Writing a novel without the use of the most common letter seems insane, but it’s done here and done brilliantly. You get caught up in the story and forget that there aren’t any E’s, although when you suddenly realise again (usually due to some kind of flowery wordplay trickery), it just makes it even more astounding. The novel even inspired me to write my whole review in the same manner, although I’ve obviously not done that here again. Once is enough.

Frankly, while the story is good, it wouldn’t be in my top ten if not for the gimmick, but I like a good gimmick, so I’m happy to say it was one of the smartest books I read this year.

You can read my full E-less review here, or buy a copy of the book here.

atomic cover5. The Atomic Blood-Stained Bus by Michael J Ritchie

I think I can be excused for putting my own book on this list, although it’s going to come across as arrogant however I attempt to justify it, so I won’t bother trying. If you haven’t already read it (and shame on you, after all I’ve done for you!), this is the story of insane cannibal Garfield, bored journalist Gwen and ex-god Algernon and their separate quests for happiness and meaning, helped and hindered by the last three witches of Britain. When Gwen’s interest in missing persons causes her to go looking for a man called David, she finds herself on the trail of Garfield’s transport, the titular bus, which could potentially spell misery for everyone involved.

Ever since I was young, I wanted to get published, and this year I did it. It has been so thrilling to see my book for sale, and to hear from other people who have read it and enjoyed it. While my friends naturally probably feel obliged to tell me they like it, I’ve also had people I don’t know reporting back to me, so that’s really nice. It’s said to be original and funny, somewhat Douglas-Adams-y but I’ll absolutely leave those sorts of descriptions up to other people. But, if you like that sort of thing, you might like this. Buy it, celebrate with me, give me money, and later when I’m super famous, you can say that you were one of the first ones to read it.

You can read my full non-review here, or download a copy of the book here.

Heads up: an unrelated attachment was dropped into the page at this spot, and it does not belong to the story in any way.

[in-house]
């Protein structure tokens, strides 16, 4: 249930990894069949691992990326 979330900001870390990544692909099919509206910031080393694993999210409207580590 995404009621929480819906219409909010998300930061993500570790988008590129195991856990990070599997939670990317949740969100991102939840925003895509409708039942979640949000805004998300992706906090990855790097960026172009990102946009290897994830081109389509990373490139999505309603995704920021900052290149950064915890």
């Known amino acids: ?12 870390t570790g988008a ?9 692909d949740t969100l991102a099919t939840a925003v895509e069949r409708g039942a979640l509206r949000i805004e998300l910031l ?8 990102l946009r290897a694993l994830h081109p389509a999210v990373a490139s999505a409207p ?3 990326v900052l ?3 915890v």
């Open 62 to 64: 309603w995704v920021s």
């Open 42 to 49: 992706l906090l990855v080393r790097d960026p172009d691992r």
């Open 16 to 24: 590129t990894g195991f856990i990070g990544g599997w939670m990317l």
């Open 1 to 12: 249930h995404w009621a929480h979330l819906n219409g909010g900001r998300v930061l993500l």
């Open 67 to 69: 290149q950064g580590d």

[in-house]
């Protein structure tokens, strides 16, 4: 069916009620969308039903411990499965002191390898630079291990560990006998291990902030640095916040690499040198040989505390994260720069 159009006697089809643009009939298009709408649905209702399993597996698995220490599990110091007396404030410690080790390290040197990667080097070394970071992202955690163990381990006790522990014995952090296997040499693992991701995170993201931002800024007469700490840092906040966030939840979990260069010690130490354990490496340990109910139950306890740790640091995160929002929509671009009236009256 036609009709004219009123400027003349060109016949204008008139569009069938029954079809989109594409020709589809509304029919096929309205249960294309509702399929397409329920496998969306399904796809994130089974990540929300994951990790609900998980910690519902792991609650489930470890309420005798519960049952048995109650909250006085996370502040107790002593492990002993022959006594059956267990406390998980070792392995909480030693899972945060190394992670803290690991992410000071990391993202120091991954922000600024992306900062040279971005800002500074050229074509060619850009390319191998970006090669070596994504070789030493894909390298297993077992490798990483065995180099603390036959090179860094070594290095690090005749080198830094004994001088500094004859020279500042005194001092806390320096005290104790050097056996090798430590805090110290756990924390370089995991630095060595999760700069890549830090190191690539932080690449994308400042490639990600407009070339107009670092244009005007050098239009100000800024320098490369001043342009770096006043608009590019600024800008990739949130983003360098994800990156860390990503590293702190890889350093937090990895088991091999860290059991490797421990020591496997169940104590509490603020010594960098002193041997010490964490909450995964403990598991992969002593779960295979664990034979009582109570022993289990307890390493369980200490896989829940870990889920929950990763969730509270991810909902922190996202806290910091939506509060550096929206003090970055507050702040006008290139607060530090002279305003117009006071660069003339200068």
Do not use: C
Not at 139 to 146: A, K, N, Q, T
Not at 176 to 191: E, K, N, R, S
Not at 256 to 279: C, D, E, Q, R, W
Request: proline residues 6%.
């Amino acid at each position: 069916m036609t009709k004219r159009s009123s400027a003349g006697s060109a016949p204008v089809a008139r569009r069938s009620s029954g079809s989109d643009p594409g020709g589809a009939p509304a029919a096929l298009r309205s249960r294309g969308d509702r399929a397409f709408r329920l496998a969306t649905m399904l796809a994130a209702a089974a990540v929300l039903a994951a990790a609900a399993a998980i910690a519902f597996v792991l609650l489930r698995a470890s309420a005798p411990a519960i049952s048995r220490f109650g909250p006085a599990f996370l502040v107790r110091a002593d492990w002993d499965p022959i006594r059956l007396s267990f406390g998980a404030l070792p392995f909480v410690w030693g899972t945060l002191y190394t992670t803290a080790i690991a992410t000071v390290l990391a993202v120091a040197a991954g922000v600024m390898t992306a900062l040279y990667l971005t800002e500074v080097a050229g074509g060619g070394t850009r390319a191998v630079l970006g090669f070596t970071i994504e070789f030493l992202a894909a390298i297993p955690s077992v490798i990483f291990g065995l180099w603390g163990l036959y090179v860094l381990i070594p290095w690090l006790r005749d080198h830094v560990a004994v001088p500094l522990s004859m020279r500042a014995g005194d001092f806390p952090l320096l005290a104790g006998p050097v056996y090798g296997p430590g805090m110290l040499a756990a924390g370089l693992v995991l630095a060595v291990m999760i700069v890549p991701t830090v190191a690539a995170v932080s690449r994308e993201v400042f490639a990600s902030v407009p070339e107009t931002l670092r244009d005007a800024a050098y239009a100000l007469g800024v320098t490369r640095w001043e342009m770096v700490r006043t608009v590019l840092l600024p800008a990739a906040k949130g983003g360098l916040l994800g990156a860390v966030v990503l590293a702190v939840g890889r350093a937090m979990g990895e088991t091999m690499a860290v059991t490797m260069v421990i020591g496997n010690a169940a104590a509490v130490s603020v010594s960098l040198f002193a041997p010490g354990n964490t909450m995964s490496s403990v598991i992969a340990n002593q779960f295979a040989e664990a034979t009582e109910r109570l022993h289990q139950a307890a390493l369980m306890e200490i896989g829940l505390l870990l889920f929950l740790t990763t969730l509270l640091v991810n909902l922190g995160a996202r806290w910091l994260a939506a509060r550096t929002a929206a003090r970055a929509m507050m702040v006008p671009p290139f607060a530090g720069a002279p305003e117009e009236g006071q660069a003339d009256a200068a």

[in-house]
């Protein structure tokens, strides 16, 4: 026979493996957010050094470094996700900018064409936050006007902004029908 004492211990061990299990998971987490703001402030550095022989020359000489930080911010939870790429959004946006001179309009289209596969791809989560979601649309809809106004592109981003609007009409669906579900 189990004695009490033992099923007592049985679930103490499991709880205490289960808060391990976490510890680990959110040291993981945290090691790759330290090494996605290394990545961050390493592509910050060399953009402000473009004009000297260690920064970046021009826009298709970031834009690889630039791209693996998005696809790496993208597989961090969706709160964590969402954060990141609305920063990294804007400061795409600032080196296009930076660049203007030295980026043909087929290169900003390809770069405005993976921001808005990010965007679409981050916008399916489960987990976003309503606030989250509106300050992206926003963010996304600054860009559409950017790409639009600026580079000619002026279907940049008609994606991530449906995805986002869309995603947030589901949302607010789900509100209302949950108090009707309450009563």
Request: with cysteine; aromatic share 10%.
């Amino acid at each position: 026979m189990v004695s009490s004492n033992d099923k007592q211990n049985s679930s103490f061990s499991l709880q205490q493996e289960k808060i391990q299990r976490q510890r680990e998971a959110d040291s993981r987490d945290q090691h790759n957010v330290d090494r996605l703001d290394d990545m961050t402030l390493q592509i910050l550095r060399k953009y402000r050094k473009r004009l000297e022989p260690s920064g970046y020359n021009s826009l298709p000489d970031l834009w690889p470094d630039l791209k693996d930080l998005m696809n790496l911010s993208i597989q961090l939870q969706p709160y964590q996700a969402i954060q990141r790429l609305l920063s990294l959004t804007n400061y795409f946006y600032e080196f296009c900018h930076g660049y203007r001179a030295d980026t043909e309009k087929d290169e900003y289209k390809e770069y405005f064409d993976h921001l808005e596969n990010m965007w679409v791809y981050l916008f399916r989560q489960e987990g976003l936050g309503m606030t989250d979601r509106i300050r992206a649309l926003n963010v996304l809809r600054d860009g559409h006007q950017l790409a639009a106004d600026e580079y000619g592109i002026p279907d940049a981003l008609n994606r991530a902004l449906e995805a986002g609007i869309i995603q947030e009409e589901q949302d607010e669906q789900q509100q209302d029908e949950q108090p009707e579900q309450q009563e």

jpod6. jPod by Douglas Coupland

If you’ve been reading all year, then you know that I’ve been re-reading and reviewing all of Douglas Coupland’s books. Well, I’m not quite done either – there are just four more to go – but I had to put one of his books on here and it was a tough decision, but I’ve gone for jPod, although assume that Girlfriend in a Coma or Microserfs were just as welcome at this spot.

Set in a video game design company in the mid-noughties, this book follows the story of Ethan Jarlewski, his family and co-workers as they struggle to keep sane in a world that’s going mad. At work, they sabotage their own game by inserting gory easter eggs, and waste time writing love letters to Ronald McDonald or auctioning themselves on eBay, and at home, Ethan must deal with an affably sinister Chinese gangster and the fact that his mother has just accidentally killed a man.

Coupland is always so on the ball that it’s spooky. He captures the minutia of whatever moment he’s writing about and makes it so relatable it’s almost creepy. He is great with words and seems to love post-modernism – he’s not afraid to mess around with format and style, and it makes him terribly refreshing.

You can read my full review here, or buy a copy of the book here.

Monsters of Men7. Monsters Of Men by Patrick Ness

The first in this series, The Knife of Never Letting Go, featured in my top ten last year, and the third in the trilogy is back here again. I’d add the central novel too, but that’s overkill. In the final installment of the Chaos Walking series, Todd and Viola find that everything is at stake and they might have accidentally found themselves on opposite sides of the battle. With time rapidly running out and new arrivals landing to find the mayhem in progress, they have to do what they can to save as many people as possible.

The series is brilliantly written, very fast-paced and structured so that just when you think none of it can get any worse, it does. Like most YA fantasy fiction, it deals with morality and the endless shades of grey that replace the black-and-white/good-and-evil that many people still believe exists. I’m not a big fan of YA usually, but this series is something pretty magical.